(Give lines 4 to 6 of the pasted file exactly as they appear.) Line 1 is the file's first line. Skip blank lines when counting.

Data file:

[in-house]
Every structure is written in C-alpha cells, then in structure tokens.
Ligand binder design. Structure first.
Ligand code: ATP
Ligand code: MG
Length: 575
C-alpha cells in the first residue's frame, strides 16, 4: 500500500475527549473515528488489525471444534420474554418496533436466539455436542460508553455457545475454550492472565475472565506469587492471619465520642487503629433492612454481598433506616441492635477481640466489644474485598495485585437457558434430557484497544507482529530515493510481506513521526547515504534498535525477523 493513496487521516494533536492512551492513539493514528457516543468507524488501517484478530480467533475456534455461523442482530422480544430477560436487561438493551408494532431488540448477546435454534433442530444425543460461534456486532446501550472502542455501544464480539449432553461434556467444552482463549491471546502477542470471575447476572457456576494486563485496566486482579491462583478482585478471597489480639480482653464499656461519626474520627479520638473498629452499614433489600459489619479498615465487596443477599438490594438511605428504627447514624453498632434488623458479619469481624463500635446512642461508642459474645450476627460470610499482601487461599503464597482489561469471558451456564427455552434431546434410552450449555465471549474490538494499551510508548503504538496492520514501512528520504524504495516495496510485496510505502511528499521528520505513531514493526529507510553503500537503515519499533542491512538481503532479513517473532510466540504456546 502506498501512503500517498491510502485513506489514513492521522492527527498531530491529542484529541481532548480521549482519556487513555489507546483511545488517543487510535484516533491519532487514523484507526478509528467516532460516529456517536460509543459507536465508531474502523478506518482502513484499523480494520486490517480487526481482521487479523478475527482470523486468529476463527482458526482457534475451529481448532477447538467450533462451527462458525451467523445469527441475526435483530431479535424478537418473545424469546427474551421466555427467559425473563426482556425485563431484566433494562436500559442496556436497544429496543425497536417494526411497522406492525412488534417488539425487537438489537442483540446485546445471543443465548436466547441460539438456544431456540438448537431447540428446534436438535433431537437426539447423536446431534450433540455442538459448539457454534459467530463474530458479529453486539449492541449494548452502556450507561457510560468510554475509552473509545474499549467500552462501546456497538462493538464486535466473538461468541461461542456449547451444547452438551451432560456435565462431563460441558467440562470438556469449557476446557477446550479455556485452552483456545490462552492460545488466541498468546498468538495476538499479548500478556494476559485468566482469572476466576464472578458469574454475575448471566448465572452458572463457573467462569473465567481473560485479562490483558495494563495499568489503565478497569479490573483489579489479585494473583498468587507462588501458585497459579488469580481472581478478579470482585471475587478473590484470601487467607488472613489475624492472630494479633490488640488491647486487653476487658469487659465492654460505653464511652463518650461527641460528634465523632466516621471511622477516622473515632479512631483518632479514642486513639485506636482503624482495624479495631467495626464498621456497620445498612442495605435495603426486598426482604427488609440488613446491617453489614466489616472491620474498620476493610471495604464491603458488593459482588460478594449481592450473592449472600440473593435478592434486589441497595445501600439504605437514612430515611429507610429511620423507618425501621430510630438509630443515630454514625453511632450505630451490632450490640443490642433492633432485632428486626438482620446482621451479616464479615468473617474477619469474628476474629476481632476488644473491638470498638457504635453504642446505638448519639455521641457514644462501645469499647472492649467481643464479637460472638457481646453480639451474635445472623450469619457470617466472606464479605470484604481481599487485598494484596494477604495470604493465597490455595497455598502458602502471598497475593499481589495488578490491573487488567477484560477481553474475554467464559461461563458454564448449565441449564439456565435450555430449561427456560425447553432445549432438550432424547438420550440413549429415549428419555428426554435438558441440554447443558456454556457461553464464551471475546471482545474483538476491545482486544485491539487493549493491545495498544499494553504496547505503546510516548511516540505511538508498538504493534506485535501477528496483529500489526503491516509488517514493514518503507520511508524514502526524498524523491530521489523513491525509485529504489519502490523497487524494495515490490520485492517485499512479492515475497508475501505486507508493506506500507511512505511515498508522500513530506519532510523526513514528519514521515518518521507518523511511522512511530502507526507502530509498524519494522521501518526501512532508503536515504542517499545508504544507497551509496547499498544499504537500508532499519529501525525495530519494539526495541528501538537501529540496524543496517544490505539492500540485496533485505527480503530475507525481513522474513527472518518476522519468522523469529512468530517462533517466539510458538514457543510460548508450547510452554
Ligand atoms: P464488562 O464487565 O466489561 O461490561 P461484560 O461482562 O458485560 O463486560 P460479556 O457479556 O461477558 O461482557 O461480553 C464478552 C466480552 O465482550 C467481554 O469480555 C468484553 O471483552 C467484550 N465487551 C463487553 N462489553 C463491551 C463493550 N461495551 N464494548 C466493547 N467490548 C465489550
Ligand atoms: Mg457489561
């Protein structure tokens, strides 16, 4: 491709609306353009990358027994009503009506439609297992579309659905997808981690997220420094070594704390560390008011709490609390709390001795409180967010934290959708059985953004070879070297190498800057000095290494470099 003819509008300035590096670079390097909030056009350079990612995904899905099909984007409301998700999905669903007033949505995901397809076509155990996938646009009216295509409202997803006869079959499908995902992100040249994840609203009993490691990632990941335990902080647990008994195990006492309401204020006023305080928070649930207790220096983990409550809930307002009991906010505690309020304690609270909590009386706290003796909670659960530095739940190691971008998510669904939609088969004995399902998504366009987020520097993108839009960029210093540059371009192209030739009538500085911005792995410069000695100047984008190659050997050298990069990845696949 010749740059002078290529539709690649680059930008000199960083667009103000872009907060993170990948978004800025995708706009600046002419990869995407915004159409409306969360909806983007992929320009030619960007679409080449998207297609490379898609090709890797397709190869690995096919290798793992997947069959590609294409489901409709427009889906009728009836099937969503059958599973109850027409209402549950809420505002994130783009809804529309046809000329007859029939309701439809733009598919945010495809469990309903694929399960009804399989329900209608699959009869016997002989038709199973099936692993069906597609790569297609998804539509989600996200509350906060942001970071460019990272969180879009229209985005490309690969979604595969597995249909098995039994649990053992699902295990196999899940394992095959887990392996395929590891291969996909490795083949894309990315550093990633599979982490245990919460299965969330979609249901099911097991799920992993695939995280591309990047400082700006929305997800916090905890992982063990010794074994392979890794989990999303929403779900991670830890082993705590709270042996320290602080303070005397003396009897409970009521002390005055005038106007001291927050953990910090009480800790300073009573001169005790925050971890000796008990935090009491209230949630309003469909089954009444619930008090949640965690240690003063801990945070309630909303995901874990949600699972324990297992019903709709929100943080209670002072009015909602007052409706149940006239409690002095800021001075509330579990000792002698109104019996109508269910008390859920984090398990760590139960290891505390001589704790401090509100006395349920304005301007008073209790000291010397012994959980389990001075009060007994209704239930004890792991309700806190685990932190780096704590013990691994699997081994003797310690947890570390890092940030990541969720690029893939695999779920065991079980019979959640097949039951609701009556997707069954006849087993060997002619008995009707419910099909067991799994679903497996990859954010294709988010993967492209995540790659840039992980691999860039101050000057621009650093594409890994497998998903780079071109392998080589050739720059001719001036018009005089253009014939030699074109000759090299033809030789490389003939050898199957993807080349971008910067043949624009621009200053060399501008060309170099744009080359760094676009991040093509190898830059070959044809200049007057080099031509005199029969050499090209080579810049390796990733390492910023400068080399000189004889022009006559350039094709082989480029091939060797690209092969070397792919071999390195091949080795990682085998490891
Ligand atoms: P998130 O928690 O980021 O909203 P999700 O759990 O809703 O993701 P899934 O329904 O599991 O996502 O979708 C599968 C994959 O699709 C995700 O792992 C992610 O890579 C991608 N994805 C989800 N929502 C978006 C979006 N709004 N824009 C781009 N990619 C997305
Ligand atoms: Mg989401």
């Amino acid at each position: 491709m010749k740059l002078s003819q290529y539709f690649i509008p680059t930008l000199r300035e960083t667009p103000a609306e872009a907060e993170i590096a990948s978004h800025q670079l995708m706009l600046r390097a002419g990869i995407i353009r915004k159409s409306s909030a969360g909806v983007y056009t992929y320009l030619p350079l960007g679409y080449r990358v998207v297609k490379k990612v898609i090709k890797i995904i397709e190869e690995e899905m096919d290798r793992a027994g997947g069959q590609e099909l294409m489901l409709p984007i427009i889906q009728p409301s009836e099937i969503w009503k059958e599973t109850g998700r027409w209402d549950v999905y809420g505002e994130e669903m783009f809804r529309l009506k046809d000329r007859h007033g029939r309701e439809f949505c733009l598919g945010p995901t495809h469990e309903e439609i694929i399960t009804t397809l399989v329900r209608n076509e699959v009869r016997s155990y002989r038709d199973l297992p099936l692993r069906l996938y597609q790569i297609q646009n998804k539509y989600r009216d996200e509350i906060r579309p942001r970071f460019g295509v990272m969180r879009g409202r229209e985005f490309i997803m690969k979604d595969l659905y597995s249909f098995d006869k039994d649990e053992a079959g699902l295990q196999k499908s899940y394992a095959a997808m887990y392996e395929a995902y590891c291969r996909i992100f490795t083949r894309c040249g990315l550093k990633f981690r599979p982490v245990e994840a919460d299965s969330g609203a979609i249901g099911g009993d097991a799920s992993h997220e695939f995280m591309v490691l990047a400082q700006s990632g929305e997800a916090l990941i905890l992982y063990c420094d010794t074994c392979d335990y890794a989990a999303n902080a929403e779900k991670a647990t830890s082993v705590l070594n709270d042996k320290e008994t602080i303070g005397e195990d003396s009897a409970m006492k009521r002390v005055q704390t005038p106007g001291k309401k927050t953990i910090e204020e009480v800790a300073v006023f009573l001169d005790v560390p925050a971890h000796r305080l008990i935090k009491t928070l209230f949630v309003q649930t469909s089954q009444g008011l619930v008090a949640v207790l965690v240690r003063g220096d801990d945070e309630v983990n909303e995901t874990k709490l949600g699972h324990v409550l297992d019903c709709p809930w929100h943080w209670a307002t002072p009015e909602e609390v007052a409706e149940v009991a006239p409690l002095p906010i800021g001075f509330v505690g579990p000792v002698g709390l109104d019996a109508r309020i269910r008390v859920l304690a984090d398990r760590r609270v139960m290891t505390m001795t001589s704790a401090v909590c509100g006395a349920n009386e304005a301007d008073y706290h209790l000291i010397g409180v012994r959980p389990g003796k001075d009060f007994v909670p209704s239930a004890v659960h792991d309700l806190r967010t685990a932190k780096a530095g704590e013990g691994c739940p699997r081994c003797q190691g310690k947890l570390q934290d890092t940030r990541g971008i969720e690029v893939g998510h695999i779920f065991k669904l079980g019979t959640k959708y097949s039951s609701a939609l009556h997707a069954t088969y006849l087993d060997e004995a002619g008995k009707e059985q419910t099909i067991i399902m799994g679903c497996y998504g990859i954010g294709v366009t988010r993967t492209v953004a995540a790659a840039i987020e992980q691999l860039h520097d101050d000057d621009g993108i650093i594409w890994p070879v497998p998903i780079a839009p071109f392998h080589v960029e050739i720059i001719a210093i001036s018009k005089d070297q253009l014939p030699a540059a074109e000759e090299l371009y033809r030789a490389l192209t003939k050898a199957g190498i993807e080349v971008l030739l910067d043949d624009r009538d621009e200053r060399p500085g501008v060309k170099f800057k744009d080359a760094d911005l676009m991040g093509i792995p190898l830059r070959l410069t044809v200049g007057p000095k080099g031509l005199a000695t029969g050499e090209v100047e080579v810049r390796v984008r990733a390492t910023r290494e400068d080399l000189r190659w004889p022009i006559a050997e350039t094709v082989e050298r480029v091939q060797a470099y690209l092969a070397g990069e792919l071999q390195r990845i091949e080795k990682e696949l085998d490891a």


Ligand code: ATP
Ligand code: MG
Length: 575